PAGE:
July 23, 2015
Amid the excitement in Vancouver over the START and PrEP results, conference-goers did hear several specific updates on progress in HIV vaccines. Here are a few highlights advocates seeking to track the vaccine field should check out.
One great place to start is with the slides from a presentation on delivered by Dr. Anthony Fauci, head of the US National Institute of Allergy and Infectious Diseases. The slide set, with Dr. Fauci’s instantly-recognizable font size and simple layout, has some familiar images from previous presentations—including the always-useful depiction of the HIV prevention continuum—but also provides crystal-clear explanations of the “empirical/intuitive” and “rational” pathways of vaccine development focused on producing antibodies against the virus. In the former category is the RV144-like regimen moving ahead in trials in southern Africa. In the latter are broadly neutralizing antibodies being studied in passive immunization and preclinical work. A commentary in Science published just after the conference by Dr. Facui and Dr. Hilary Marston provides additional perspective and depth to the discussion.
RV144 was the name of the 16,000 person trial that took place in Thailand and found evidence of modest protection in data released in 2009. Just before Vancouver got underway, the research team involved with the trial published new data on why this protection might have occurred. Every person has a distinct genetic make-up that affects how our immune systems function. In analyzing volunteers’ HLA gentoypes (these contain the “instructions” for proteins that help regulate the immune system), the investigators identified specific genetic signatures associated with vaccine efficacy. This type of research can help scientists figure out how to make vaccines work even more effectively in the future.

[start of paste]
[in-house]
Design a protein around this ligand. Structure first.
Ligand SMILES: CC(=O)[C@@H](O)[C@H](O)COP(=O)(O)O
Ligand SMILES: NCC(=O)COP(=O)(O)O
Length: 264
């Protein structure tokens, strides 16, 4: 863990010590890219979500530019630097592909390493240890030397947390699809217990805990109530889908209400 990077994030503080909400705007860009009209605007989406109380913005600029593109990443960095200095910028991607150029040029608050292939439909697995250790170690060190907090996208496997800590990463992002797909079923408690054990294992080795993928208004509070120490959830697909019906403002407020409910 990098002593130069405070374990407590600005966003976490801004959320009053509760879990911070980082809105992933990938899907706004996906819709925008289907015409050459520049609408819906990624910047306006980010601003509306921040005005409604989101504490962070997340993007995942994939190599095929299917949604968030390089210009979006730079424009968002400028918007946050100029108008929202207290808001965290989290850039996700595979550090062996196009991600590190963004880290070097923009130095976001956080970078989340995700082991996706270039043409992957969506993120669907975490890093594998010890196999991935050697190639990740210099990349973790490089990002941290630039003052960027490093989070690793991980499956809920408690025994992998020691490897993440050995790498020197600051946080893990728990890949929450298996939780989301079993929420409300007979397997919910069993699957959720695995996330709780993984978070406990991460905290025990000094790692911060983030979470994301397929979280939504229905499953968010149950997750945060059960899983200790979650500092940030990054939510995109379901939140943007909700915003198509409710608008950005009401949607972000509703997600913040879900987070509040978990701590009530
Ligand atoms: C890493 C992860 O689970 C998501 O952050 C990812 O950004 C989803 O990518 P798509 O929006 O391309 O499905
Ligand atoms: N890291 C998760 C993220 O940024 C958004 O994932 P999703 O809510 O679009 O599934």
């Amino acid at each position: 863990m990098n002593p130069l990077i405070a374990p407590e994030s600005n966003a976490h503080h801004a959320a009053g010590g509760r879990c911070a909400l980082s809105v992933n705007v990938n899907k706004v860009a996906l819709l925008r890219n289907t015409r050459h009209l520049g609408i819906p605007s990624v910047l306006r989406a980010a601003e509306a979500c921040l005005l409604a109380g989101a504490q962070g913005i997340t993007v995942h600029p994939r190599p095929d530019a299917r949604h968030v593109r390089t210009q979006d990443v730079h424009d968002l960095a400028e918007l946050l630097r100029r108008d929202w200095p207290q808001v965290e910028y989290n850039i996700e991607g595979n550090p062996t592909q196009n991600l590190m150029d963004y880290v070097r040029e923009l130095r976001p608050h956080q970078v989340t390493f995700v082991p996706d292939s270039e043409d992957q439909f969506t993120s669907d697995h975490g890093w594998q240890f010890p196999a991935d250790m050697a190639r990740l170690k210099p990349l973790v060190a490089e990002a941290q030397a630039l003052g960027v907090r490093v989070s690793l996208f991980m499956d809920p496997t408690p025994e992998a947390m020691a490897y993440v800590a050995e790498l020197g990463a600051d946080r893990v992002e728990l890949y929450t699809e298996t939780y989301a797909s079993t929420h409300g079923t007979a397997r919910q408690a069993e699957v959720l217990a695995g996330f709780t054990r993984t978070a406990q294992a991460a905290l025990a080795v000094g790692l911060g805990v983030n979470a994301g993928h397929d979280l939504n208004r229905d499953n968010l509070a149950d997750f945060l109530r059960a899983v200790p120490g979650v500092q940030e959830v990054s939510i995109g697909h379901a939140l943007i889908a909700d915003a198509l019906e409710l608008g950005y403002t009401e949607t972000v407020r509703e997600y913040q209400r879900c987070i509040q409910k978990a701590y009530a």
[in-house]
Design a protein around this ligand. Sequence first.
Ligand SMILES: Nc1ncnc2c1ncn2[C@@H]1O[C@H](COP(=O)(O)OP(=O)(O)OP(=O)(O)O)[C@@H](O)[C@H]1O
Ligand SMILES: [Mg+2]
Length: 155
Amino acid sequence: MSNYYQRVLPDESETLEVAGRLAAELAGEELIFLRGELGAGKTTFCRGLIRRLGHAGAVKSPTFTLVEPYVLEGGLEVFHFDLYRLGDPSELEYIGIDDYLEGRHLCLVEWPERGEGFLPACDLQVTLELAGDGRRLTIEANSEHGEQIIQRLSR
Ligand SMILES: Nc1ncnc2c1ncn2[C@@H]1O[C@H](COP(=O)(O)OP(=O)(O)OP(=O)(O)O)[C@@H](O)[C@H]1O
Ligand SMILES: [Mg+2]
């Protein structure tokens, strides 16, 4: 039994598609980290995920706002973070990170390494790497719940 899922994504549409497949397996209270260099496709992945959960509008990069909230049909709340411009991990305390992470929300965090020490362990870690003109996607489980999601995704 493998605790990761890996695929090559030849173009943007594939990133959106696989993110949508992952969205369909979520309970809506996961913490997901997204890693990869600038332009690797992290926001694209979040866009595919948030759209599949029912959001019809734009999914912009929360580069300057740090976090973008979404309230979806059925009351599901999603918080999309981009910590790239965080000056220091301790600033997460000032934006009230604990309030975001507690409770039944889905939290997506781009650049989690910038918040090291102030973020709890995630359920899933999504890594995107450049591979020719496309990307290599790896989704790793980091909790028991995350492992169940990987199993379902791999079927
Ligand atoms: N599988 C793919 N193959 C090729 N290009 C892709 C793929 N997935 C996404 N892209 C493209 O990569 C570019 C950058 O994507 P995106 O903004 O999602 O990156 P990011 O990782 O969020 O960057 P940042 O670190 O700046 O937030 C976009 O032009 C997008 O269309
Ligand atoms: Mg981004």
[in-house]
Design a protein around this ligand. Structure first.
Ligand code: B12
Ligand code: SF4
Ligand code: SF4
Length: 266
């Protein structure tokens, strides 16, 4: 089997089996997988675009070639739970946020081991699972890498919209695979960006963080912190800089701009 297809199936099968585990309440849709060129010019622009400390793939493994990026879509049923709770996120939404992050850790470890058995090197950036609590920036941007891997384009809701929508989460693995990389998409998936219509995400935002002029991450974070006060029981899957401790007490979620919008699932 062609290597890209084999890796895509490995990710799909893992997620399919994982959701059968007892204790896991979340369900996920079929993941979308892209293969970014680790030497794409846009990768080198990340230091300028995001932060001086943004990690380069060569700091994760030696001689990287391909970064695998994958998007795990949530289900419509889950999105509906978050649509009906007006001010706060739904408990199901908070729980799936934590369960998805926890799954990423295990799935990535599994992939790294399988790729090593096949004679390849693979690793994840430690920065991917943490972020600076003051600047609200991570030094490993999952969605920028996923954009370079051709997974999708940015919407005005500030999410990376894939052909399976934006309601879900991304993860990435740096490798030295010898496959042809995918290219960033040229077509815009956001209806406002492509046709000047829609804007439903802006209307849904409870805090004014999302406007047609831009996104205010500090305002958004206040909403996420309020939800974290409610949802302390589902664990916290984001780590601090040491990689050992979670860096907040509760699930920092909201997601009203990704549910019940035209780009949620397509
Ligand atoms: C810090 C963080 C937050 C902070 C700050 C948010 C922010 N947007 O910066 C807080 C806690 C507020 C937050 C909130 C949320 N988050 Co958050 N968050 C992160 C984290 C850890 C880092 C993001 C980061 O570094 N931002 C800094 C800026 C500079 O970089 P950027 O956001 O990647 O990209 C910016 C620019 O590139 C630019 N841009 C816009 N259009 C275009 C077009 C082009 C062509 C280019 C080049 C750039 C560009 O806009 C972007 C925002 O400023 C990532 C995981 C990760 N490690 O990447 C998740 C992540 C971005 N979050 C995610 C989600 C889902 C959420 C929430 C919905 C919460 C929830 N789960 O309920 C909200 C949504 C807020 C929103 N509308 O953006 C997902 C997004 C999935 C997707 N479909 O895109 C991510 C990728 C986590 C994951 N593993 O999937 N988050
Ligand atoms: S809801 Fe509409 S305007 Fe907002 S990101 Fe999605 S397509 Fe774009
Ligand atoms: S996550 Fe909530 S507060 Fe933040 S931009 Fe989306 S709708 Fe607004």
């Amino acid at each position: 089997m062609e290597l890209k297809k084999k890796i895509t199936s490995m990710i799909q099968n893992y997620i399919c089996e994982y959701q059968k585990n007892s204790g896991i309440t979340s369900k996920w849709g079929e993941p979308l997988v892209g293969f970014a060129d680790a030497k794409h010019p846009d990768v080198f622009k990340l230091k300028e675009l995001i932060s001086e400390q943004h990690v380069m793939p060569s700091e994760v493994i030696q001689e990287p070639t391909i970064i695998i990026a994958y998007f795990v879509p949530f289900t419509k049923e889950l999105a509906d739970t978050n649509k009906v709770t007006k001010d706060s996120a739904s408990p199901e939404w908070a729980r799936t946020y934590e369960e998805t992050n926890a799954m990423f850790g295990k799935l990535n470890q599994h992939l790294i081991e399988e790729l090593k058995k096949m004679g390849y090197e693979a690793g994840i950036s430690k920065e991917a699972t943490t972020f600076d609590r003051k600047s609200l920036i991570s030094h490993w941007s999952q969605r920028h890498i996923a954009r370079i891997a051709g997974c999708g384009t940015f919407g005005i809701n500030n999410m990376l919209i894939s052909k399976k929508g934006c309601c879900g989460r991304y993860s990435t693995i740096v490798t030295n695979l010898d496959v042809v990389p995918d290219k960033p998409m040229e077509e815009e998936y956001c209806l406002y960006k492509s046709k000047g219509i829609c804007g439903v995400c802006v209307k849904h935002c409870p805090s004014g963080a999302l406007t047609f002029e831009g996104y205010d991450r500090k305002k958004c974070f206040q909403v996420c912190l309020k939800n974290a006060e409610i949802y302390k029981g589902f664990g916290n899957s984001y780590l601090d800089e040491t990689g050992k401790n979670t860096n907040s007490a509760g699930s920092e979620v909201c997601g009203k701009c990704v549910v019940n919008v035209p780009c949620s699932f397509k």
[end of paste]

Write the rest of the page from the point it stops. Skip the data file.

The rational pathways also got attention at a Wednesday session, “Advances in B-cells and Antibodies,”” including an update from Joseph Jardine of Scripps Research Institute, on upstream work aimed at increasing the potency of the VRC-01 broadly neutralizing antibody. VRC-01 is a purified form of a potent antibody isolated from an individual living with HIV; it is in Phase I trials in adults and, as described at a cure satellite symposium, a safety and pharmacokinetic trial in infants is now enrolling.
Vaccine science is heady stuff and presentations of the hill-and-valley contours of antibodies can seem very far from the rural and urban landscapes where people live, work, encounter HIV and perhaps enroll in trials. A presentation on hypothetical willingness to participate in vaccine trials from the Perinatal HIV Research Unit in Soweto, South Africa, focused on that terrain. Pointing out the urgent need for HIV prevention strategies in 15-24 year olds, particularly young women, the research team asked people in this age group whether they would enroll in a trial. About half would, saying altruism would motivate them. About a quarter said that they wouldn’t, because they were worried about “becoming ill.”
Bridging the gap between landscapes of molecules and townships has always been the work of AIDS vaccine research. This bridging was highlighted by Glenda Gray, president of the South African Medical Research Council, in her Wednesday plenary on Advancing HIV Vaccines into Efficacy Studies—and though it was a quiet year, we can clearly expect more updates in Durban 2016 as the South African trials continue and basic science also proceeds.